Led by a team at The Institute of Cancer Research, London, in collaboration with The Royal Marsden, the Wellcome Trust Centre for Human Genetics and Illumina, the programme will implement a new patient pathway for cancer gene testing so that more genes can be tested in more people.
Mutations in some genes, known as cancer predisposition genes, greatly increase the likelihood that a person will get cancer. There are nearly 100 known cancer predisposition genes, but testing for them in the UK is currently very restricted.
Recent advances in methods for reading the genetic code, known as sequencing, mean that looking for gene mutations is now faster and more affordable than ever before. There is now an opportunity to transform cancer gene testing and to improve the health outcomes of many people with cancer and their families.
Professor Nazneen Rahman, lead investigator of the programme and Head of Genetics at the Institute of Cancer Research (ICR) and the Cancer Genetics Clinical Unit at The Royal Marsden, explains: "It is very important to know if a mutation in a person's genetic blueprint has caused their cancer. It allows more personalised treatment, so for example such people are often at risk of getting another cancer and may choose to have more comprehensive surgery, or may need different medicines, or extra monitoring.
"It also improves the information available for relatives about their own cancer risks. Sometimes a relative is found to also have an increased risk of cancer, and screening or preventative measures can be employed. Just as frequently, testing provides the reassuring news that a relative is not at increased risk of cancer and does not need interventions."
Importantly, identifying cancer predisposition gene mutations provides an opportunity to prevent cancers. For example, about 1000 women in the UK develop ovarian cancer each year because they have a gene mutation. If they knew about the mutation before they got cancer, many might choose to have their ovaries removed by keyhole surgery after completing their families.
"Identifying people with cancer due to gene mutations and offering testing to their relatives is a very effective way of helping people at highest risk of cancer before they develop the disease," added Professor Rahman.
The Mainstreaming Cancer Genetics programme aims to develop the laboratory, analytical, interpretative and NHS clinical capabilities required to make cancer predisposition gene testing information routinely available in the clinic.
A new test has been developed in collaboration with Illumina that takes advantage of new sequencing methods. The test, known as the TruSight (™) Cancer Panel, can analyse 97 cancer predisposition genes within a few weeks for a few hundred pounds. It will be ready for use in the clinic in 2014.
However, generating the gene information is only the first step. The data needs to be correctly analysed in order to identify any mutations. Then the effects of the mutations need to be correctly interpreted so doctors can make the appropriate clinical recommendations.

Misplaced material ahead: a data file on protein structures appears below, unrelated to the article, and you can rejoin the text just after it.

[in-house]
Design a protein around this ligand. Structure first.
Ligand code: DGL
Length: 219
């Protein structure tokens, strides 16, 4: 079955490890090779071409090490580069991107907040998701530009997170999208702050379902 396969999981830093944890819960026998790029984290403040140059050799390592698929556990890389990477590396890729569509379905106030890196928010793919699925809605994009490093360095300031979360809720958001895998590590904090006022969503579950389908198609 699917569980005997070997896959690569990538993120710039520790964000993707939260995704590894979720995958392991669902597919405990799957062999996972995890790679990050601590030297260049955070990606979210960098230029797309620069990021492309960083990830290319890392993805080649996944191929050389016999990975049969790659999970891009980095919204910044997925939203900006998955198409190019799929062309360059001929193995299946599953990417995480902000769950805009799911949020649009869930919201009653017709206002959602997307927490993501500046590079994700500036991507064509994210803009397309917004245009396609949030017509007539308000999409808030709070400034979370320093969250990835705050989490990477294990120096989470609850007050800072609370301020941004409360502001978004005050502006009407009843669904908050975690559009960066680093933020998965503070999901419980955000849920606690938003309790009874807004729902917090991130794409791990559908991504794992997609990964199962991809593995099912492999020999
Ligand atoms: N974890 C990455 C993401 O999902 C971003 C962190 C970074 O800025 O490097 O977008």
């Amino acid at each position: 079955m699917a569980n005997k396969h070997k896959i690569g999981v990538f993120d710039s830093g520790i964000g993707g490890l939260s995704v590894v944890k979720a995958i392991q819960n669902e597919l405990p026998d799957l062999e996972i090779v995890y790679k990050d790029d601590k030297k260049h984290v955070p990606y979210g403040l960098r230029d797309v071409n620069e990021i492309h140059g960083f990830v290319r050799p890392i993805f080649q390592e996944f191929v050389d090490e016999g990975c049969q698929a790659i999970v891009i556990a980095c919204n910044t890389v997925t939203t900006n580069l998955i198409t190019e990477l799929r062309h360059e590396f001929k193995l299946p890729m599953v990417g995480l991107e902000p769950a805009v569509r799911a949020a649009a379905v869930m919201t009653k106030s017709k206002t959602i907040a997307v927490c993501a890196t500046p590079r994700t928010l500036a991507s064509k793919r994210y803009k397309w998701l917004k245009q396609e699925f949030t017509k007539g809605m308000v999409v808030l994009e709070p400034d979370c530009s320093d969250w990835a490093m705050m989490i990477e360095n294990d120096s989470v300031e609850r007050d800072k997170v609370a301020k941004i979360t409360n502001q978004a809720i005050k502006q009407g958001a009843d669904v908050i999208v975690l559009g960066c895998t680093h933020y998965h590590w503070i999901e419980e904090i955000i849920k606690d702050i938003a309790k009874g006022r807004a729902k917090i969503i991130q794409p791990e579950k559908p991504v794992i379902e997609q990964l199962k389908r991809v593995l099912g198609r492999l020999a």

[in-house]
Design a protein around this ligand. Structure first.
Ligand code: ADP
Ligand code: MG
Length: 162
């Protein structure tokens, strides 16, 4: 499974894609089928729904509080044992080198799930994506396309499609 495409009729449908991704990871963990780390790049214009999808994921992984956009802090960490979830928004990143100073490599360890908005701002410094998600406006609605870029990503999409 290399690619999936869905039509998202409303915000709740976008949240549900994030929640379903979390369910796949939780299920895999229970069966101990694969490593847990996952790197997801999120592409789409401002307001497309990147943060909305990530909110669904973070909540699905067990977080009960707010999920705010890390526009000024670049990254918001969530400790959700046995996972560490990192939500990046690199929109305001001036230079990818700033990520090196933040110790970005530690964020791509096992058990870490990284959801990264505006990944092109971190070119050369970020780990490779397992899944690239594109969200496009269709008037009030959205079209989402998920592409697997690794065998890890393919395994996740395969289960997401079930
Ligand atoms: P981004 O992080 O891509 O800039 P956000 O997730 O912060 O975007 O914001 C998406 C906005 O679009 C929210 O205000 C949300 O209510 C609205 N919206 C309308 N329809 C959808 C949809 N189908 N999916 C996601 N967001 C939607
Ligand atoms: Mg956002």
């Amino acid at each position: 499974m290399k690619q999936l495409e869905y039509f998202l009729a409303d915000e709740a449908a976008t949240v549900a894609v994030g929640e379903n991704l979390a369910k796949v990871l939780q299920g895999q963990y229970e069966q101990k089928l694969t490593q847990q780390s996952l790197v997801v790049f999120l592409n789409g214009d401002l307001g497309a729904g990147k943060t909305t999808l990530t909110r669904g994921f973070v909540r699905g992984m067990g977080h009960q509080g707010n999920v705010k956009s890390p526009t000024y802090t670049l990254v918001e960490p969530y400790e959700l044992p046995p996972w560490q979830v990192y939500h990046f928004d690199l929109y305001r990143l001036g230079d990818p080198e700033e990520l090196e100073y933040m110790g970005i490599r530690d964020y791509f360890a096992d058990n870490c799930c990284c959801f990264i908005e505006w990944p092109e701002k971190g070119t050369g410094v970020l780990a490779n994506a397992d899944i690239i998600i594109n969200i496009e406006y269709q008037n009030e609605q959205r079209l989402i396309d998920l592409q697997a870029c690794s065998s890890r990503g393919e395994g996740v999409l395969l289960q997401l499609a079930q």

"Analysing genetic data and understanding how mutations actually affect a person is hugely complex. A real strength of this programme is that the analysts are working directly with the people in the lab generating the data and the doctors that need to use it," said Professor Peter Donnelly, Head of the Wellcome Trust Centre for Human Genetics at the University of Oxford, who are working with the ICR scientists to develop the methods required to analyse the genetic data.
The programme also proposes a new model whereby the genetic testing can be done as a routine part of cancer treatment. Currently all cancer predisposition gene testing is done by geneticists - doctors who are specialised in diagnosing genetic conditions. In the new model it is proposed that testing in cancer patients will also be done by oncologists - doctors who are specialised in treating cancer. Testing in people without cancer would continue to be done only by geneticists.
"Many people with cancer are keen to have a gene test as soon as possible to help doctors plan the best treatment for them. The complex decision-making that people without cancer have to consider before having a test often doesn't apply. We need a more flexible system that makes the testing process simpler when appropriate. This will allow many more people to benefit from gene testing," said Professor Rahman.
The new model is being piloted, in the first instance, in women with breast or ovarian cancer at The Royal Marsden NHS Foundation Trust.
"Knowing whether or not a patient has a gene mutation is an important part of making personalised treatment plans. We want to be able to get the genetic information we need, when we need it. Patients are also increasingly aware of the value of genetic testing and more and more patients are requesting testing. This programme will help make genetic testing quicker and simpler and The Royal Marsden is excited to be leading on its clinical implementation," said Professor Martin Gore, Medical Director of the Royal Marsden NHS Foundation Trust.
By the end of the three-year programme the team aim to have developed a 'toolkit' that will cover the full process involved in testing any cancer predisposition gene. This could then be used throughout the NHS, so that anyone with cancer can benefit.
Ted Bianco, Acting Director of the Wellcome Trust, said: "There is much expectation about the promise of new technologies in genetics contributing to a sea-change in medicine and this programme is a significant step on the road to making that a reality. With the outstanding team of clinical and academic scientists assembled to deliver the project, we are optimistic that the research will eventually make a real difference to people with cancer."